CBA: Labour market strengthened again in May

By Gareth Aird, head of Australian economics at CBA.

Key Points

  • Wages and salaries paid into CBA bank accounts lifted over May which points to growth in employment and hours worked in the month.
  • The number of CBA customers receiving the JobSeeker payment continued to decline over May which indicates unemployment fell over the month.
  • We forecast employment to rise by 20k in the May labour force survey following a 30.6k contraction in April.We expect the unemployment rate to fall by 0.1pptsto 5.4%on an unchanged participation rate.

May labour force survey –due Thursday 17 June

The May labour force survey is shaping up as a key data point for financial market participants for two reasons:
  • (i)it will fully capture the impact of the expiry of JobKeeper on the labour market; and
  • (ii)it is the last official read on the labour market ahead of the July RBA Board meeting where a decision will be announced on yield curve control and the bond buying program.

From a forecasting perspective, the May labour force data is a difficult task for economists. On the one hand, measures of labour demand like job vacancies and hiring intentions are red hot and point to a strong lift in employment. But working the other way is the expiry of JobKeeper which would have seen some workers stood down.

The ABS classifies a person as employed if they were stood down but had been paid for some part of the previous four weeks. This means that some workers who lost their job when the JobKeeper program expired in late March would have been considered employed in April even though their job had been terminated. Some of these people will have picked up another job in which case they will still be classified as employed in the May labour force survey.

Some workers stood down due the expiry of JobKeeper may not have yet found another job and may have been looking for a role in May in which case they will considered unemployed. Other workers stood down may have decided to take a temporary break from work in which case they will be considered neither employed or unemployed(i.e. they will leave the labour force).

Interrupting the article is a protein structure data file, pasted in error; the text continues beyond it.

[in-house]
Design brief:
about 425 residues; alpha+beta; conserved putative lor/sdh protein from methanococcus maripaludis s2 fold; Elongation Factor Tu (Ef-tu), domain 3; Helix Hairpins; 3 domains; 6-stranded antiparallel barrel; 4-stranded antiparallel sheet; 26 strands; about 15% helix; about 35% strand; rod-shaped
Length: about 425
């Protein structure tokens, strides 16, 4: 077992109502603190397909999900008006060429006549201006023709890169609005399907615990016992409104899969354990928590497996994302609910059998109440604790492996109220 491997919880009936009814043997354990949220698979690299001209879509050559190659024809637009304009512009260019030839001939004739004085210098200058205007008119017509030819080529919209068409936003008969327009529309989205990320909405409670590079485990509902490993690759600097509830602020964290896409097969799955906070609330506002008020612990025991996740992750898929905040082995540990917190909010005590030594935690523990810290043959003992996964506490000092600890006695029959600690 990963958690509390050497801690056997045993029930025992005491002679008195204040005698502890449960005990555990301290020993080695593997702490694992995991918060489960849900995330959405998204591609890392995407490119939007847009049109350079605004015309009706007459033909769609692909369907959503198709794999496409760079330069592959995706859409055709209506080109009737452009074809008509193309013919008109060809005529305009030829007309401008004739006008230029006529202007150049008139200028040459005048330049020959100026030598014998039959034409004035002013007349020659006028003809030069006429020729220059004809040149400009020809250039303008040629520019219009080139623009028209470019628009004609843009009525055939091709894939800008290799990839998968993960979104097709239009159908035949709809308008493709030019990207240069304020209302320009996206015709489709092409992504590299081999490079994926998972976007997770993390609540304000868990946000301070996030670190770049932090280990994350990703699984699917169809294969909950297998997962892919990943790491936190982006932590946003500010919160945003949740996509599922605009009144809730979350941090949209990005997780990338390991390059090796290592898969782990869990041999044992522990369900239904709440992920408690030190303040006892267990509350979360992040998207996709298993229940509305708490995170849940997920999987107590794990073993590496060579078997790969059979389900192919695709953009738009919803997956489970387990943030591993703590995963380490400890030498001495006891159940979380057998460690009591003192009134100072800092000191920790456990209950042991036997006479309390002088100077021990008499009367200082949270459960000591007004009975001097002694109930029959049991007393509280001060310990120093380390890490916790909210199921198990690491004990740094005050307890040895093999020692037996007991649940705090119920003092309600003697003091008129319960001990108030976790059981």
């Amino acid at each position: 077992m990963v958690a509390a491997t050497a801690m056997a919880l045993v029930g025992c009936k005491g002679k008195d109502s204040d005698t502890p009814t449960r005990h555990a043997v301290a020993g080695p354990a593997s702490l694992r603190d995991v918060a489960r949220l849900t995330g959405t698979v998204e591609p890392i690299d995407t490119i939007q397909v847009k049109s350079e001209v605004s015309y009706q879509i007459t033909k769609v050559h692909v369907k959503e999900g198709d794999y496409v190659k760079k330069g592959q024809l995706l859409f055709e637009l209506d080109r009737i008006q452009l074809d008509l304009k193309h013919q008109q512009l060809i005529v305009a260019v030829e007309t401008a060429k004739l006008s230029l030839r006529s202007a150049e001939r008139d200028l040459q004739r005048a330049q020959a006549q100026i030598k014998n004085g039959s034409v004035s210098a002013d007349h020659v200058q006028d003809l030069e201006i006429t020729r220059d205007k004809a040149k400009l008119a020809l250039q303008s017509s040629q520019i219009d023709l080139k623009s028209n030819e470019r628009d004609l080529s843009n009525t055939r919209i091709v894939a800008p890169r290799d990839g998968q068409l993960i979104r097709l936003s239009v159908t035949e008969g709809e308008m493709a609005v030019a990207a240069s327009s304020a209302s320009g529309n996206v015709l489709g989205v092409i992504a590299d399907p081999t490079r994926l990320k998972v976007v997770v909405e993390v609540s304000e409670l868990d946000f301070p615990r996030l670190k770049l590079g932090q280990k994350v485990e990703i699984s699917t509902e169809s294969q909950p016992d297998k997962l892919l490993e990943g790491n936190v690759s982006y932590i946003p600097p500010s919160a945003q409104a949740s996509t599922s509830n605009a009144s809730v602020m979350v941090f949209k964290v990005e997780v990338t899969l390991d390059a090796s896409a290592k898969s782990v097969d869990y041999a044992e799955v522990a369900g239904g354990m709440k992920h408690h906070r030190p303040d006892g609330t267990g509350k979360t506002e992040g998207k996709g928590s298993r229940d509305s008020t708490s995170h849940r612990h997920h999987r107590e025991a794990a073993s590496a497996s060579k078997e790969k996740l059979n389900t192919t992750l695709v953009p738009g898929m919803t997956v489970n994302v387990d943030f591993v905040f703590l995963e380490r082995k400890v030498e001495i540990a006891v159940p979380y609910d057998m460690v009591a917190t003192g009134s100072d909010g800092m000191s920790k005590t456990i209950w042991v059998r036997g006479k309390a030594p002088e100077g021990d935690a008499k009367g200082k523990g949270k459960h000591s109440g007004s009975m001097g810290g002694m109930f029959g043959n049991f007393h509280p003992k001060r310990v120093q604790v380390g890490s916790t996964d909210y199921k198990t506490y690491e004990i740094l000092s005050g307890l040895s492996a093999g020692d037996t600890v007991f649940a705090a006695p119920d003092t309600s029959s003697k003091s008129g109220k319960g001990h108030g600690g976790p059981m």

Against this backdrop it is very hard to forecast the change in employment with a lot of conviction. Notwithstanding, there are some key pieces of data that can help to guide our forecasts. These relate to the weekly payrolls data and our internal data on the number of CBA bank accounts receiving JobSeeker and changes in wages and salaries paid into CBA bank accounts.

Wages and salaries paid into CBA bank accounts lifted over May which points to growth in employment and hours worked in the month.

Salary and wages paid

Consistent with a lift in employment is our internal data on the number of CBA customers receiving JobSeeker. According to our data the number of people on JobSeeker declined through May.

JobSeeker paid

The ABS payrolls data to the fortnight ending 22 May indicates payrolls have held broadly steady over the past six week (the data is quite volatile and is presented in original terms which complicates the interpreting process).

Aussie payrolls

On balance we favour a lift in employment of 20k over May which would see the unemployment rate edge lower to 5.4% on an unchanged participation rate.

There is considerable uncertainty around our forecast for employment. But we have higher conviction on our call for the unemployment rate to move lower. It may be the case that the participation rate is the shock absorber if employment prints lower than our forecast.

Finally it is worth noting that the Internet Vacancy Index (IVI) for May (prelim.) was published during the week. The index rose again by 1.9% over the month. Job advertisements now exceedpre-COVID-19 levels by a whopping 46.0%. The data indicates that the labour market will tighten very quickly from here and a lift in wages growth is forthcoming.

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